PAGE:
Starting with the perception that someone is existing at a deficit, or requires saving, means that you are working with the assumption that “everybody we’re serving is half-empty” (Michelle Obama as cited in Gloucester Partnership 2013, p. 7). This creates a power imbalance where we, the one’s with glasses half-full, are stronger and better equipped to help others. This creates functionalist assumptions about a person’s aptitude but also places undue pressure on the worker as it is their responsibility and duty to help this individual. Freire explains that we rationalise this guilt through paternalistic treatment of our clients (Freire 1990, p. 33). By way of example, to paraphrase Mansfield (2000, p. 60), once a person presents for help at a needs-based organisation, they cease to be an individual, but rather an object of study and analysis; what caused you to be in this situation? What personality traits predispose you to hardship? What cultural factors have created your predicament? This type of “needs talk” (Kenny 2006, p. 181) creates an arena through which political power is constructed and applied. The Marmot Review (as cited in Gloucester Partnership 2013, p.12) reported that this type of rhetoric has been an ongoing frustration for communities as professionals use it to continually exert their power to control the types of issues that could be discussed, excluding some communities and stereotyping others.
“Here, the ‘individual’ is not free and autonomous, but the focal point of larger forces, analysed by systems of knowledge in what they claim is an impartial quest for truth.” – (Mansfield 2000, p. 60)
In this situation of unequal power, it is near impossible to rebalance the scales without further deepening the divide. As Freire (1990, pp. 39-40) explains, any attempt to soften power within an oppressor/oppressed interface will almost always manifest itself as a form of false generosity which only serves the oppressor – in this case being the development worker. We heard reference to that earlier by Bryan (quoted in Shields 1991, as cited in Kenny 2006, p. 418) who graciously gave up their personal needs for the mission at hand.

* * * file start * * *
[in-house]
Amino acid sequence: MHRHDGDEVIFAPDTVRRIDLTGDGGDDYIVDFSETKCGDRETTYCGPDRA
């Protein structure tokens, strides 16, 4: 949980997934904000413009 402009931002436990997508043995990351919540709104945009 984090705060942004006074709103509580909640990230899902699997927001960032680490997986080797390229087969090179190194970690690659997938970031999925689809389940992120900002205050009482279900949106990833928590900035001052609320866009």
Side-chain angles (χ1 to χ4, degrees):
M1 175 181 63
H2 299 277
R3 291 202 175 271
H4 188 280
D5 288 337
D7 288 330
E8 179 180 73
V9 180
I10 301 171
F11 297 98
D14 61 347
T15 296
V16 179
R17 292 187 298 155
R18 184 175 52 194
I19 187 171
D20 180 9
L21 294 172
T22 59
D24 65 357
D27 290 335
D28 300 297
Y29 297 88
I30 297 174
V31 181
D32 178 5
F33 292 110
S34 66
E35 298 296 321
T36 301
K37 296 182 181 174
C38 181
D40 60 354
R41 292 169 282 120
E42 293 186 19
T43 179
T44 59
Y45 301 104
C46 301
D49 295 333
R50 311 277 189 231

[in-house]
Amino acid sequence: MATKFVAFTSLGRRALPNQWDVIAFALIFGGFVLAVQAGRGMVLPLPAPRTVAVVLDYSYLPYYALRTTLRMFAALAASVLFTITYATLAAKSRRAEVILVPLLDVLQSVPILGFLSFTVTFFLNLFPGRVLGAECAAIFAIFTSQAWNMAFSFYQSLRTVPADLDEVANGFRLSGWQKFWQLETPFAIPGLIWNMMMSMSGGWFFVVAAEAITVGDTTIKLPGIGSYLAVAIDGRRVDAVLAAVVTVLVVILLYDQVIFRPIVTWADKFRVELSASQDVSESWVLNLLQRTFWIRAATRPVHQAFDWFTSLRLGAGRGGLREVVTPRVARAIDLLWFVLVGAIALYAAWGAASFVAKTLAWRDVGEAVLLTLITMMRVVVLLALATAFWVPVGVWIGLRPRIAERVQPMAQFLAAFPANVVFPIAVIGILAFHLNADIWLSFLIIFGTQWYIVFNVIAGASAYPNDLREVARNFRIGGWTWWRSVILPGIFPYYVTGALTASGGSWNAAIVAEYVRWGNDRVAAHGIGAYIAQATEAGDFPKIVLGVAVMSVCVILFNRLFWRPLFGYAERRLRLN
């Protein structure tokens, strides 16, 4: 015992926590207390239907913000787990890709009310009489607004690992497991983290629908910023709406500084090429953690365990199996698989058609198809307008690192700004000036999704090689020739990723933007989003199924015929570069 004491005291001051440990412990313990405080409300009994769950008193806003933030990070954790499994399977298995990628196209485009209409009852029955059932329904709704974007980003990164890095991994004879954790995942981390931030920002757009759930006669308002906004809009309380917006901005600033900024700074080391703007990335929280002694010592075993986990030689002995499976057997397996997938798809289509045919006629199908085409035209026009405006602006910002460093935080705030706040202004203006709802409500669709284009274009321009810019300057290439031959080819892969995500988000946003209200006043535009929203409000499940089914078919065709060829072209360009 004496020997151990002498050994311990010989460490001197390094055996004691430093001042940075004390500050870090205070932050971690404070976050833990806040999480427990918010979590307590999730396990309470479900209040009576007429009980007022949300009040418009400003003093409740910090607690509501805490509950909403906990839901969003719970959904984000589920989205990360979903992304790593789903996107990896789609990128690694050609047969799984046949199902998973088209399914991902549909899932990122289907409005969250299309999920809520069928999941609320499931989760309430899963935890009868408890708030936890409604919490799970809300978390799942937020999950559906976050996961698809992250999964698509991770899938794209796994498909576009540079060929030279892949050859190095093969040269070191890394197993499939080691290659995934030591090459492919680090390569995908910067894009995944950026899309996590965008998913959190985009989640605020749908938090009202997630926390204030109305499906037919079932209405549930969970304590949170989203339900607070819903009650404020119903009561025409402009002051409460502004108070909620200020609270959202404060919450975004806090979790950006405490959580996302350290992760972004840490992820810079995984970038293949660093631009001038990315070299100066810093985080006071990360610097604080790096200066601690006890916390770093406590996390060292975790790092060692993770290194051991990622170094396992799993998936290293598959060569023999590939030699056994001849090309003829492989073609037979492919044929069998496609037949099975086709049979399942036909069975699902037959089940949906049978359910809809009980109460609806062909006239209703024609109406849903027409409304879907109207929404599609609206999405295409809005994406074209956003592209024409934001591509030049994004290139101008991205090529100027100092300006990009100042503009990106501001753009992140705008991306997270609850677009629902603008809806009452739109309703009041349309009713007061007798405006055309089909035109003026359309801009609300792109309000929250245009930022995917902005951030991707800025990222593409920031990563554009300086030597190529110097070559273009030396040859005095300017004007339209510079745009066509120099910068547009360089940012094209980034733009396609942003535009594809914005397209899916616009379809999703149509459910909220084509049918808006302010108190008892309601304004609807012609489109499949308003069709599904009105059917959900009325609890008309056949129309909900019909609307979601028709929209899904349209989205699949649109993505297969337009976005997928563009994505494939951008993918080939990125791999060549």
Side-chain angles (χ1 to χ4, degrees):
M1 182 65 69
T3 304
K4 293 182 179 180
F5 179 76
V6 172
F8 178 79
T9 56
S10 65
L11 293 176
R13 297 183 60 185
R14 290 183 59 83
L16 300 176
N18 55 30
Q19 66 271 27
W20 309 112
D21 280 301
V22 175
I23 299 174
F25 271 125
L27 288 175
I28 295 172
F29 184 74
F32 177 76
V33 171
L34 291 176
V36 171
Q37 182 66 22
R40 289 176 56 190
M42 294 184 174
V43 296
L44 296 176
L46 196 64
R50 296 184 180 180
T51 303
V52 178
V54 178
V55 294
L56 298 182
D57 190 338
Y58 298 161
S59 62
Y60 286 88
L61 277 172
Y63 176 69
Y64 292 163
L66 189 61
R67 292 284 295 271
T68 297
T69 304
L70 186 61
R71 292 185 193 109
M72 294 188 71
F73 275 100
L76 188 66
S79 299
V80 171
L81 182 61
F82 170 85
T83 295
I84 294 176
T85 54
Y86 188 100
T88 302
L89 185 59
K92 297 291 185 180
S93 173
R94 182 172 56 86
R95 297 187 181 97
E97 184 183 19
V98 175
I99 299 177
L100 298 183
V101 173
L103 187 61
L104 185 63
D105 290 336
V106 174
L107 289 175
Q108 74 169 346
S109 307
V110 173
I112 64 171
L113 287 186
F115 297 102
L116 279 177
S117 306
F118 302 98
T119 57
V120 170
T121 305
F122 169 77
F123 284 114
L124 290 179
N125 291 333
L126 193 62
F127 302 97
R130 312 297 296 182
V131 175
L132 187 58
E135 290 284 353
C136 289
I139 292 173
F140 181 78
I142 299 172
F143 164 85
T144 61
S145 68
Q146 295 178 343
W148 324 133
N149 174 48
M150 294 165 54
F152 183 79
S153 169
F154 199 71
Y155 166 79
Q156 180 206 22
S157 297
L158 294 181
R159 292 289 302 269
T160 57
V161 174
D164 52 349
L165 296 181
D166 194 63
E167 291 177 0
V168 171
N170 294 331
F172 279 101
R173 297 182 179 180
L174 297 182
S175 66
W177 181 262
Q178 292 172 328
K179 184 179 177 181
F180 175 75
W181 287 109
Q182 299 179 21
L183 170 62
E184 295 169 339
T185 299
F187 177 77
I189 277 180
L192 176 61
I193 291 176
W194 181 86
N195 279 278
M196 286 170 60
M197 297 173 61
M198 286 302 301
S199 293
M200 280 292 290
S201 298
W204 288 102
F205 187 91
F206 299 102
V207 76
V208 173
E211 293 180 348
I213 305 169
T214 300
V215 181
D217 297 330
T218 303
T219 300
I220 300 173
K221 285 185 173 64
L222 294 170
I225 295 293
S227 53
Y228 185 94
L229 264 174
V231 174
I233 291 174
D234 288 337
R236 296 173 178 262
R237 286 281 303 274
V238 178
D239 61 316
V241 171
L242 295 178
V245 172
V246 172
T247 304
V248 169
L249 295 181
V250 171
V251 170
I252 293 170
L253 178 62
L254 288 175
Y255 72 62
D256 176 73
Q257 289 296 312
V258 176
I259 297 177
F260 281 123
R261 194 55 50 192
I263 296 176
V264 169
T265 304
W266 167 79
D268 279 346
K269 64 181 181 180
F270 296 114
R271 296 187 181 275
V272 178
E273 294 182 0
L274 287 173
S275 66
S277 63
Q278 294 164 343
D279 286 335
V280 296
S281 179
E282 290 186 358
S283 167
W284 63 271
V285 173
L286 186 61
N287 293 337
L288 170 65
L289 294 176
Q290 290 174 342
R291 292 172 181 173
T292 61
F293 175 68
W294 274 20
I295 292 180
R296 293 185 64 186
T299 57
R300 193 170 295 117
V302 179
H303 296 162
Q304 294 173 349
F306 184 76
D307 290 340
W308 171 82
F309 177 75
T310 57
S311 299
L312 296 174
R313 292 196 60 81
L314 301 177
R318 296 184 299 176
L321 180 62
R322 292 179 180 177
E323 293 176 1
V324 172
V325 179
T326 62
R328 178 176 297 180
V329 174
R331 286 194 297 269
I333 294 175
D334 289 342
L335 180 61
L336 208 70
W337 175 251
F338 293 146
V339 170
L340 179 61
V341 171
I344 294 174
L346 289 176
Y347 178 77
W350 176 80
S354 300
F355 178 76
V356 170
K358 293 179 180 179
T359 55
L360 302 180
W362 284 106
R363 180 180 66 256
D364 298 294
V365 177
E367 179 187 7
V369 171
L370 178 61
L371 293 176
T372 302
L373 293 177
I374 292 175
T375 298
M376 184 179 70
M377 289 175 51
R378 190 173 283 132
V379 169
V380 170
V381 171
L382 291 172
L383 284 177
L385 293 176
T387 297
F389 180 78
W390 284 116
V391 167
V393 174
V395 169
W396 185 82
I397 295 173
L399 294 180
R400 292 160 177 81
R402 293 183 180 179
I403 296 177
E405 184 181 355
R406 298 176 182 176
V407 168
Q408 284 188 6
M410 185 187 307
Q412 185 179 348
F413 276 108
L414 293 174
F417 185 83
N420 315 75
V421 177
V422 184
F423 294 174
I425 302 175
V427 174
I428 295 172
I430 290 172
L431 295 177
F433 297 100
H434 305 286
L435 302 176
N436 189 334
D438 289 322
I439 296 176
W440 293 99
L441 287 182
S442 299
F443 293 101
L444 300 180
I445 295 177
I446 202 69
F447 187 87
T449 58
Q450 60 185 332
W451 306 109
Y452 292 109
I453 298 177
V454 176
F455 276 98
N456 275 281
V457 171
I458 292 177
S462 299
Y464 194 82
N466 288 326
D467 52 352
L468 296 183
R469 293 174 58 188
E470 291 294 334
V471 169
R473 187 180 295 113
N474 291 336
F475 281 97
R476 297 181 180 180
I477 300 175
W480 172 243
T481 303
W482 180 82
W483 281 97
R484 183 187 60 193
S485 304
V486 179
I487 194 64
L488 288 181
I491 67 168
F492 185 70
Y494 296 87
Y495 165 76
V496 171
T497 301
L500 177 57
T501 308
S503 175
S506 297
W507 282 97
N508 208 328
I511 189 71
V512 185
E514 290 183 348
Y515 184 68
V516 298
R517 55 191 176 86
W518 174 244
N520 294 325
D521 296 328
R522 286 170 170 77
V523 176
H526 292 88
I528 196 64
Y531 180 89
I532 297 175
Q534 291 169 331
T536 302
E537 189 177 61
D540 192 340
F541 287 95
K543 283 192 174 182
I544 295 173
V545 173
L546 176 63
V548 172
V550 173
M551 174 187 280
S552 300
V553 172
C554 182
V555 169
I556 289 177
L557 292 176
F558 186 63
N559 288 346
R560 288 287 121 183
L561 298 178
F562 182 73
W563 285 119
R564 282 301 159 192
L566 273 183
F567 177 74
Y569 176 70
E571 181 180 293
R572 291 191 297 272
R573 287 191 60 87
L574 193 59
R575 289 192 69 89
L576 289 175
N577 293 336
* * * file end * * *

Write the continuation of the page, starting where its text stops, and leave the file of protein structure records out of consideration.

In addition to this, there is little interrelation or interdependence of the client/service relationship. Once a client has received services, they may never see their worker again, further compounding work pressure stress and dissatisfaction as the worker rarely experiences a conclusion or a physical outcome of their work.
How can the ‘glass half-full’ approach of Asset Based Community Development improve worker retention?
“Job fulfilment is inextricably linked to being empowered and supported to genuinely help disadvantaged clients. A constructive culture assists in delivering better results for clients which in turn reinforces job satisfaction and commitment to the organisation.” (InSync Surveys 2014, p. 3)
The above quote from InSync Surveys is their definition, based on interview data, of a successful working situation in the development sector which, will in turn, experience low worker turnover. The emphasis on a constructive culture is particularly pertinent when we talk about the impact that an ABCD approach has on workplace wellbeing. Asset-based work defines the community and the development workers as “fellow traveller(s)” (Kenny 2006, p. 425) who have a shared responsibility, mission and aim. This is in stark contrast to the needs-based model that we have discussed previously which starts with a question on what is lacking and what needs supplementing or replacing, rather than what strengths are already present. As S. Johnson (personal communication, 26 May 2017) explains, the flipping of the needs-based approach results in a sense of positivity:
“Community work can be pro-active and project-centred, rather than problem-based. It is a different way of approaching the issues communities face that is focused in a way that creates positives in otherwise difficult situations.”
Within this perspective, there is an acceptance and acknowledgement of power on both sides of the divide. Each person’s role is different, but each holds a piece of the total sum of knowledge that makes each community or sub-community work effectively together. This union and its shared power can construct a synergy to catalyse real change. With this comes a feeling of shared purpose and therefore shared labour as working with people as friends, acquaintances or collaborators is less stressful than dealing with bureaucracies and often yields quicker outcomes (Field 2008, pp. 2-3).
Asset-based methodology is participatory by nature, with community members and workers collaborating on different projects and utilising diverse knowledge sets that contribute to the health of the entire community. Freire would see this collaborative approach as indicative of “co-intentional” (Freire 1990, p. 56) practice, which he sees as the only way to create revolutionary change in an oppressor/oppressed relationship:
“In this way, the presence of the oppressed in the struggle for their liberation will be what it should be: not pseudo-participation, but committed involvement.” - (Freire 1990, p. 56)